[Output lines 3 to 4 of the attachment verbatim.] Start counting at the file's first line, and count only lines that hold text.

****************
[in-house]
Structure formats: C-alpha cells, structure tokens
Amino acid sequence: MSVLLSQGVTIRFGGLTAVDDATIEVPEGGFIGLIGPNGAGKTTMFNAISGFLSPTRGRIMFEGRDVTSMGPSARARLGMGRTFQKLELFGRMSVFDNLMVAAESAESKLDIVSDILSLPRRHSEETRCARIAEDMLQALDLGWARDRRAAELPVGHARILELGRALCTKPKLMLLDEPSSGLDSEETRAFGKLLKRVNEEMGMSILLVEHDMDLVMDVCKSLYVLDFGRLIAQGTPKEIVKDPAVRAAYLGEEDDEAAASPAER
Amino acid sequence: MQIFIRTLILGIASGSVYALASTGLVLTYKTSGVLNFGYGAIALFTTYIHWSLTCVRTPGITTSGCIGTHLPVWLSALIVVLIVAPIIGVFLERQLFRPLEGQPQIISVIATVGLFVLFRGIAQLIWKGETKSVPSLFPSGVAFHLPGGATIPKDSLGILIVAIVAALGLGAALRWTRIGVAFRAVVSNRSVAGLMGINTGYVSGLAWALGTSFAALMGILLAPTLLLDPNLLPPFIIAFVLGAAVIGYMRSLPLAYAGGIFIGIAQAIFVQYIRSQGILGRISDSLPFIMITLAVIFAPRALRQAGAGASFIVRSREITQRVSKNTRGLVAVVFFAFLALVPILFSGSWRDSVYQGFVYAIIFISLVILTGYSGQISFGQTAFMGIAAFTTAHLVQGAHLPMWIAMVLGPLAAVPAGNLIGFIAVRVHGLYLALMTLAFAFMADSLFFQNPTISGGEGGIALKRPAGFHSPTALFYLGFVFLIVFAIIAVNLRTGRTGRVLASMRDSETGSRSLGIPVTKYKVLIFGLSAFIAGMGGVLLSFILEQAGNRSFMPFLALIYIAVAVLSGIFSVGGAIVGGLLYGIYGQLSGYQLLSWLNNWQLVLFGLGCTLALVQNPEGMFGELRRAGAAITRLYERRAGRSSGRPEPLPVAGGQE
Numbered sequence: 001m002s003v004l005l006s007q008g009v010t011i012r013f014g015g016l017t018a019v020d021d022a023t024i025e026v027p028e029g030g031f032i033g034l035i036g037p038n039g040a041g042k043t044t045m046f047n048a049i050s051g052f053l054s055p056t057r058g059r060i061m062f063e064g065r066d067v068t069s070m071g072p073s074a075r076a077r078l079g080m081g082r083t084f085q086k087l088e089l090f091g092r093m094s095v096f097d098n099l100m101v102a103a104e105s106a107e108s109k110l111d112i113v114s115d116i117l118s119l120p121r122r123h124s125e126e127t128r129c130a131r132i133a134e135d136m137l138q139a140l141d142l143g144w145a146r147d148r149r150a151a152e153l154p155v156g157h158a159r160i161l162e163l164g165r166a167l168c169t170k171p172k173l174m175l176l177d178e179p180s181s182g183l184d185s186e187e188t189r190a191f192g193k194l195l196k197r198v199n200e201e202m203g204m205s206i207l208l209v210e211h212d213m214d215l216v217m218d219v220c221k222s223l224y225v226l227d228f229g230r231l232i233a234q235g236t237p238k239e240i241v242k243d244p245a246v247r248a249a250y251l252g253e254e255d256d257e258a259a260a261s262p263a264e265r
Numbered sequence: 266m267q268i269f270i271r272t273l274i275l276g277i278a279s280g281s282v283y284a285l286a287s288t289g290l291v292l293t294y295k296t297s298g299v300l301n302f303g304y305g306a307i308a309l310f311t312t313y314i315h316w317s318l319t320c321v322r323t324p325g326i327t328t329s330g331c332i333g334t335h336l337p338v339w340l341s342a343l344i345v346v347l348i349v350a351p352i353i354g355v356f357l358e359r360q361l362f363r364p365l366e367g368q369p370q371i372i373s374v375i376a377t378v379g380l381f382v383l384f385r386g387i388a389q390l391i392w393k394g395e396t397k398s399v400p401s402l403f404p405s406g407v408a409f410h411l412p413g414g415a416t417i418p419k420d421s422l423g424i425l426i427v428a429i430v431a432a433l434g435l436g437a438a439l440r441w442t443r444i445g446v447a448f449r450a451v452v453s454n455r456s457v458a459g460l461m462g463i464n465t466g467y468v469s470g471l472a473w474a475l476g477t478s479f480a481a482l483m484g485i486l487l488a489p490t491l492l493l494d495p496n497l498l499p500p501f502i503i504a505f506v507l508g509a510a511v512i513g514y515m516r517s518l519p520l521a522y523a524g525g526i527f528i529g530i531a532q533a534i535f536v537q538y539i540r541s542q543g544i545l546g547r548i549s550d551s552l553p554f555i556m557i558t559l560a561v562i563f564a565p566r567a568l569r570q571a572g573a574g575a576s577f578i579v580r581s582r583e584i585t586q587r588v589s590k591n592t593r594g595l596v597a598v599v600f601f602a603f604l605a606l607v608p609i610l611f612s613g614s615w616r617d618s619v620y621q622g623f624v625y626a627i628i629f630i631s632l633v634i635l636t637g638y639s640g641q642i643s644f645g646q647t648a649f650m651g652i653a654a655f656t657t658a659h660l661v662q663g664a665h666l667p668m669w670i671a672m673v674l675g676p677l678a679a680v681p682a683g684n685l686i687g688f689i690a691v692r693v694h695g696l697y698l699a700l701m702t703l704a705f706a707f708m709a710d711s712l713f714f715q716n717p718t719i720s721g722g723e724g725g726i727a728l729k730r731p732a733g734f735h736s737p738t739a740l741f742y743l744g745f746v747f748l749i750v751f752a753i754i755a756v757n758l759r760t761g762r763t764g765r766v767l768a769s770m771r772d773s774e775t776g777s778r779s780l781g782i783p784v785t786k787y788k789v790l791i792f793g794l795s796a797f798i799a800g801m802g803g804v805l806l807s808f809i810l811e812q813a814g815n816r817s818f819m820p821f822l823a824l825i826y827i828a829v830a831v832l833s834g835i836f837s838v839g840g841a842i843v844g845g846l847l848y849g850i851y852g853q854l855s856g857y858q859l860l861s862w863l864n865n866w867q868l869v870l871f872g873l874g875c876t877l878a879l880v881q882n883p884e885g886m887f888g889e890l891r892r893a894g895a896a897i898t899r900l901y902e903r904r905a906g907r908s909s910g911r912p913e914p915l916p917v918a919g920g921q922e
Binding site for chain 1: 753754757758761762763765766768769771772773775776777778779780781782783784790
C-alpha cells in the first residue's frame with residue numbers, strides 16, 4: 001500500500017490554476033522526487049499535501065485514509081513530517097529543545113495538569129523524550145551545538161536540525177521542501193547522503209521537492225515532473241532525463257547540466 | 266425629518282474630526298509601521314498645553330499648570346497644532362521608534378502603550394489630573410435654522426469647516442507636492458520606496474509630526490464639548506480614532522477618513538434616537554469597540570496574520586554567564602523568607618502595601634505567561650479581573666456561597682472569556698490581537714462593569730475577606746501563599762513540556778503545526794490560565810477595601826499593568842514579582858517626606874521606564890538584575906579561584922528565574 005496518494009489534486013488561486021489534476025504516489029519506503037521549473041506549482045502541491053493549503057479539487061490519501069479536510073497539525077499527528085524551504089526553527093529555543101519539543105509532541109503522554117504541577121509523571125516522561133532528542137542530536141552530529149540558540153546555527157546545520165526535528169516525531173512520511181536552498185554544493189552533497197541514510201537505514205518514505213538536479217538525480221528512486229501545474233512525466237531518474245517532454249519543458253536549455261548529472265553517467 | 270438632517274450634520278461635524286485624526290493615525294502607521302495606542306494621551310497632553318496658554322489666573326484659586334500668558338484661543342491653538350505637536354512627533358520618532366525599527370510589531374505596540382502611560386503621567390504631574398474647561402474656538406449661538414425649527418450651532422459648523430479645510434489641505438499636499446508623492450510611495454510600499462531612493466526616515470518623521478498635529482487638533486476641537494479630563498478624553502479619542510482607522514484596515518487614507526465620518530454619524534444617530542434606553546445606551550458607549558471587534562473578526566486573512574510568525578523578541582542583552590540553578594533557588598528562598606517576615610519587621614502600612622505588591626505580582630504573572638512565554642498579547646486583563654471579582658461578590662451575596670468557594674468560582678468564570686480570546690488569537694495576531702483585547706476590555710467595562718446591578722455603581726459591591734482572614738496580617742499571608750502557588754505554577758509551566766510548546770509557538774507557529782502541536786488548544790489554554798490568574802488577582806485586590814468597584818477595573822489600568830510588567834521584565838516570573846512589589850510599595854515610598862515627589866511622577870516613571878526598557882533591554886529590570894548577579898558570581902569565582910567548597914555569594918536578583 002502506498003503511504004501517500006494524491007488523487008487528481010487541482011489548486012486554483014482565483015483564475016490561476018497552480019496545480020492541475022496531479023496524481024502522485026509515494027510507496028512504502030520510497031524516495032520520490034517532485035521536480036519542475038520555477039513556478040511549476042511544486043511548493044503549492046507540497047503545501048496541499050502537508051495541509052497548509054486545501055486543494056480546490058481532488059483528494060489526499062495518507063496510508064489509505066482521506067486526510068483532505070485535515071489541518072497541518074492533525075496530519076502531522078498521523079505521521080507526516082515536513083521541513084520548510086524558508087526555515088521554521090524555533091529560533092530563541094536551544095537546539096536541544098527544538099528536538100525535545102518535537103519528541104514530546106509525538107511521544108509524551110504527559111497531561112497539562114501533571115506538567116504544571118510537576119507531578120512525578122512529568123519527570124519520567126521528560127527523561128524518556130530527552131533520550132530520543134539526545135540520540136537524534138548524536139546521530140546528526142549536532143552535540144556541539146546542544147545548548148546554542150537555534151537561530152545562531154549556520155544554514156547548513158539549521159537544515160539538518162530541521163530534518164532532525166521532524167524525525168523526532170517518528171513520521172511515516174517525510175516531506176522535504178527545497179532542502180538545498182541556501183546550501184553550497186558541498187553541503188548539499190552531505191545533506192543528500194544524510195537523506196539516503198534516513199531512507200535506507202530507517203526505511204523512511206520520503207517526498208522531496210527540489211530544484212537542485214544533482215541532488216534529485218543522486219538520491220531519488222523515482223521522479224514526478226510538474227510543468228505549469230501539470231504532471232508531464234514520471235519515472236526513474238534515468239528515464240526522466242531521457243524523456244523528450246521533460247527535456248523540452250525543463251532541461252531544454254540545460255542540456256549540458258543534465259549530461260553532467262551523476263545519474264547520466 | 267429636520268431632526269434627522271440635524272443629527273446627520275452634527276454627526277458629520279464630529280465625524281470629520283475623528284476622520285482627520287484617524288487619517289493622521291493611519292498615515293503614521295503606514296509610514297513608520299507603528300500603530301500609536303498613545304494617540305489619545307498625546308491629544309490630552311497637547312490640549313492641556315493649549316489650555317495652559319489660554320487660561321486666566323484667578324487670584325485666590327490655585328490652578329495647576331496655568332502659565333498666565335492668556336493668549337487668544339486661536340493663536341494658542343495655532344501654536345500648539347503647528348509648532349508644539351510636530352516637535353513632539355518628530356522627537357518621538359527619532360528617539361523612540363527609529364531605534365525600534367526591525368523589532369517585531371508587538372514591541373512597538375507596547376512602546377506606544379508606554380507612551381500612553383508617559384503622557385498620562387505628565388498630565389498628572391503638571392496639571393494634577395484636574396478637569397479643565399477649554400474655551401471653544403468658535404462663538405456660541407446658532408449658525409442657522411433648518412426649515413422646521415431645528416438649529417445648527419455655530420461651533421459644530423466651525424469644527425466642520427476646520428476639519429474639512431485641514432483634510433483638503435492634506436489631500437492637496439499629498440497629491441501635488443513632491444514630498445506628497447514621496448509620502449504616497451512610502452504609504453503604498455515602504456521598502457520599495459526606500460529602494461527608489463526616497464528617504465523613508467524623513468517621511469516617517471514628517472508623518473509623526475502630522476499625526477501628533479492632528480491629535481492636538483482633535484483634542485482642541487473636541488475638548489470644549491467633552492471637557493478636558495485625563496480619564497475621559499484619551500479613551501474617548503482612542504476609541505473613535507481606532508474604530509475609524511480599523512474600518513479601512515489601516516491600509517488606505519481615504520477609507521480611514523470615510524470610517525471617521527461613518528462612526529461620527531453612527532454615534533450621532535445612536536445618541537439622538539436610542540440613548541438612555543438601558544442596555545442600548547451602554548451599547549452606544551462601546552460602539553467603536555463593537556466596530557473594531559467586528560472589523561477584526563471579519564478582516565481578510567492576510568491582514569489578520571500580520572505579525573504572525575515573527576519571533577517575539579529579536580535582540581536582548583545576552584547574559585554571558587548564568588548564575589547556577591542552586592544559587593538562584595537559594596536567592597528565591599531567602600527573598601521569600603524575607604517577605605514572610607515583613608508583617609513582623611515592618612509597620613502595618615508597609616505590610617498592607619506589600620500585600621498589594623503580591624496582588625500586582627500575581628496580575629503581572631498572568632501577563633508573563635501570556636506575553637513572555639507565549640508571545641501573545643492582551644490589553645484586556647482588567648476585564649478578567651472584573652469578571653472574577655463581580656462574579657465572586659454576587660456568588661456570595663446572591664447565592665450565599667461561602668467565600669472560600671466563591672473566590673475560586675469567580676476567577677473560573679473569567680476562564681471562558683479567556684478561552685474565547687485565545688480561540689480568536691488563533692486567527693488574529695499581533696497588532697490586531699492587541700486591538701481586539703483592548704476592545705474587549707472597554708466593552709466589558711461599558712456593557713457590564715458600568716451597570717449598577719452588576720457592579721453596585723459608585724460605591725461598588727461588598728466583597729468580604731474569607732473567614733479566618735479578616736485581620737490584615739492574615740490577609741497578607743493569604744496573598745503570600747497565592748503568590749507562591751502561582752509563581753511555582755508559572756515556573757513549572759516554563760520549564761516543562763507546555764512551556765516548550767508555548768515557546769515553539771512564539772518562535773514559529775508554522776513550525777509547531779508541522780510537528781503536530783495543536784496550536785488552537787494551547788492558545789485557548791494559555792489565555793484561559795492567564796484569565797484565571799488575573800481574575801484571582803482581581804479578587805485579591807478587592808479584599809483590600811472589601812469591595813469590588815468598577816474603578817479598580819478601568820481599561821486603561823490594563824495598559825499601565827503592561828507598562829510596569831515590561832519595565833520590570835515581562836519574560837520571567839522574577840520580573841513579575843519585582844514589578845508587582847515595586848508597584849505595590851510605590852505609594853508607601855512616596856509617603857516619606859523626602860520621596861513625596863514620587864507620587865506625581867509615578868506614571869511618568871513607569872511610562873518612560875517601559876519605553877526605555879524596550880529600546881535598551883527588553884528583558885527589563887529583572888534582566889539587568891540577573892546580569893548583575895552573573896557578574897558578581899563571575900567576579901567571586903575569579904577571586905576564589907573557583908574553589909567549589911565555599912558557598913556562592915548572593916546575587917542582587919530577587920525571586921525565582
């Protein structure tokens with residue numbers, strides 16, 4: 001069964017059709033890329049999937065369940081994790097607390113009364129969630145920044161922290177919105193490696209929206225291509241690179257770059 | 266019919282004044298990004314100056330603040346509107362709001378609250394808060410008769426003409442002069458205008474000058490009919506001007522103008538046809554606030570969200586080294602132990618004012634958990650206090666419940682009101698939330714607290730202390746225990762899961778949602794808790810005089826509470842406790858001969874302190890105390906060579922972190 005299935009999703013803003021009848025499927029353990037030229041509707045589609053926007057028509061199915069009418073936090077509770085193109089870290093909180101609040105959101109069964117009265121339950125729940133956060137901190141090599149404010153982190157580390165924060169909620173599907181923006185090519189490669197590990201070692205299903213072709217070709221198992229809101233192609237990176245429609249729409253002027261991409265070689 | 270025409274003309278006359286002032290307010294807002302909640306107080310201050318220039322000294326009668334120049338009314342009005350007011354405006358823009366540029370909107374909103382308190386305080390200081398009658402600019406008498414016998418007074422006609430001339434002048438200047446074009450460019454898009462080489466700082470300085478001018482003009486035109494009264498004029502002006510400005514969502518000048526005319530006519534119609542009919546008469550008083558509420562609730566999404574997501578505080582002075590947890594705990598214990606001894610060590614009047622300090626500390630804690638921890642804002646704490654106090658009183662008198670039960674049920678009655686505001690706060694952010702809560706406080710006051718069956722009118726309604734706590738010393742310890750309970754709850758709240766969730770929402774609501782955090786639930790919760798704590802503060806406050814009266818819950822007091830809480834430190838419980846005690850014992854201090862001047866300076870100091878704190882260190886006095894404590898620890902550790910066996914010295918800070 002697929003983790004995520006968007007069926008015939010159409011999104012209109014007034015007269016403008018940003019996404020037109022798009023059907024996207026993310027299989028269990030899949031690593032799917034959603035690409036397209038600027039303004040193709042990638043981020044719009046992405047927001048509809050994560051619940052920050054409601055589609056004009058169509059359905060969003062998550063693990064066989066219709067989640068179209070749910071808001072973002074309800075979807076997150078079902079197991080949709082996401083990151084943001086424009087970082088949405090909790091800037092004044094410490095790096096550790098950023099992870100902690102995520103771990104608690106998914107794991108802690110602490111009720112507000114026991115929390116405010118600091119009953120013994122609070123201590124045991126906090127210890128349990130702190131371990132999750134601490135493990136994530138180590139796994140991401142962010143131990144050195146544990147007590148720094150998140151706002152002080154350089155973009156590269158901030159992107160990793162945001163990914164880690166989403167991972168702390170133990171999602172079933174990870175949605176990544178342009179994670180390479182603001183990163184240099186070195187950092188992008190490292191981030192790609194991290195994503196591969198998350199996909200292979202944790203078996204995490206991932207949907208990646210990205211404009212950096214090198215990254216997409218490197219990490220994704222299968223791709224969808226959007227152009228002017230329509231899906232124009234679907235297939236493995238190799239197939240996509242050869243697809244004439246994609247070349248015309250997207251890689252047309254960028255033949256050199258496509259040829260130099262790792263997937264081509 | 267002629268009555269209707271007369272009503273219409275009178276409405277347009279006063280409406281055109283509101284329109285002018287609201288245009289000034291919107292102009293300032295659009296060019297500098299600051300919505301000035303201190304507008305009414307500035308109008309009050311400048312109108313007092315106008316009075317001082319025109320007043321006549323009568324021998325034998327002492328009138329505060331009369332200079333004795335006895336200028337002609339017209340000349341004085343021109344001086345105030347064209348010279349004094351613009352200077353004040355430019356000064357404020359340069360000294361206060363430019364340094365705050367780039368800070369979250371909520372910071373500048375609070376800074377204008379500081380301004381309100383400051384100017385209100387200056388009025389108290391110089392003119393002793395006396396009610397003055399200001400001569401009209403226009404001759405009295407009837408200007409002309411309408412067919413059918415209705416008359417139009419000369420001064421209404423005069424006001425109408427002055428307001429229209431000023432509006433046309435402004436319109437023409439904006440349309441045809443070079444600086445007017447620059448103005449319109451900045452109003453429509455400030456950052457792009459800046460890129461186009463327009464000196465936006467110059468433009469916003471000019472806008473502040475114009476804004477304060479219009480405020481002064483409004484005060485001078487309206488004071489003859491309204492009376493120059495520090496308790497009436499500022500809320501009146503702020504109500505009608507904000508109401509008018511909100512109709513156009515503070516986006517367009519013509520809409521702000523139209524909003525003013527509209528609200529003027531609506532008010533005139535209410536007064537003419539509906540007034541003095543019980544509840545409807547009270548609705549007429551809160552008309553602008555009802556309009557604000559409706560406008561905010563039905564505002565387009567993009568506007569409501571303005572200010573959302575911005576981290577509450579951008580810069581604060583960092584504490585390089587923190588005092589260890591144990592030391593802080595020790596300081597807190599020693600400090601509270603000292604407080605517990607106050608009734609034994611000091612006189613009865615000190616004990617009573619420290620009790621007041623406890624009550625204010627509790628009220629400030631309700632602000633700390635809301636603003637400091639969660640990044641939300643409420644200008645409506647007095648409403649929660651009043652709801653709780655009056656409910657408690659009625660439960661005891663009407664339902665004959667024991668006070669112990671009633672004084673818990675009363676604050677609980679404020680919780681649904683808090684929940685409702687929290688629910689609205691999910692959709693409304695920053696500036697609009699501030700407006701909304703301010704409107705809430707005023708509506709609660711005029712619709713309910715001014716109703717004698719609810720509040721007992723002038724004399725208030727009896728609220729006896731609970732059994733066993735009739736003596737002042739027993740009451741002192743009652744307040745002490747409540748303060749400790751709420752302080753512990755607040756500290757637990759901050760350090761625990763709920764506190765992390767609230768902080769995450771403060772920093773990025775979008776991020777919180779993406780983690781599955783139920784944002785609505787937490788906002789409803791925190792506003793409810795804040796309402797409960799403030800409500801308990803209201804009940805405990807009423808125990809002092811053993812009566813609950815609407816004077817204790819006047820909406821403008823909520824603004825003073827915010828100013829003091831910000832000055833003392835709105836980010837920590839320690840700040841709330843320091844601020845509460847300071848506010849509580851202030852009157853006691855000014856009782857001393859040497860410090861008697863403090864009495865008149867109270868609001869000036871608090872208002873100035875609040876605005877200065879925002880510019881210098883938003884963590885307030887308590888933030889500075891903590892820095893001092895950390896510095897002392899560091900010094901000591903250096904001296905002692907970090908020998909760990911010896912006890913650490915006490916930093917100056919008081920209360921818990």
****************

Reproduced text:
Amino acid sequence: MSVLLSQGVTIRFGGLTAVDDATIEVPEGGFIGLIGPNGAGKTTMFNAISGFLSPTRGRIMFEGRDVTSMGPSARARLGMGRTFQKLELFGRMSVFDNLMVAAESAESKLDIVSDILSLPRRHSEETRCARIAEDMLQALDLGWARDRRAAELPVGHARILELGRALCTKPKLMLLDEPSSGLDSEETRAFGKLLKRVNEEMGMSILLVEHDMDLVMDVCKSLYVLDFGRLIAQGTPKEIVKDPAVRAAYLGEEDDEAAASPAER
Amino acid sequence: MQIFIRTLILGIASGSVYALASTGLVLTYKTSGVLNFGYGAIALFTTYIHWSLTCVRTPGITTSGCIGTHLPVWLSALIVVLIVAPIIGVFLERQLFRPLEGQPQIISVIATVGLFVLFRGIAQLIWKGETKSVPSLFPSGVAFHLPGGATIPKDSLGILIVAIVAALGLGAALRWTRIGVAFRAVVSNRSVAGLMGINTGYVSGLAWALGTSFAALMGILLAPTLLLDPNLLPPFIIAFVLGAAVIGYMRSLPLAYAGGIFIGIAQAIFVQYIRSQGILGRISDSLPFIMITLAVIFAPRALRQAGAGASFIVRSREITQRVSKNTRGLVAVVFFAFLALVPILFSGSWRDSVYQGFVYAIIFISLVILTGYSGQISFGQTAFMGIAAFTTAHLVQGAHLPMWIAMVLGPLAAVPAGNLIGFIAVRVHGLYLALMTLAFAFMADSLFFQNPTISGGEGGIALKRPAGFHSPTALFYLGFVFLIVFAIIAVNLRTGRTGRVLASMRDSETGSRSLGIPVTKYKVLIFGLSAFIAGMGGVLLSFILEQAGNRSFMPFLALIYIAVAVLSGIFSVGGAIVGGLLYGIYGQLSGYQLLSWLNNWQLVLFGLGCTLALVQNPEGMFGELRRAGAAITRLYERRAGRSSGRPEPLPVAGGQE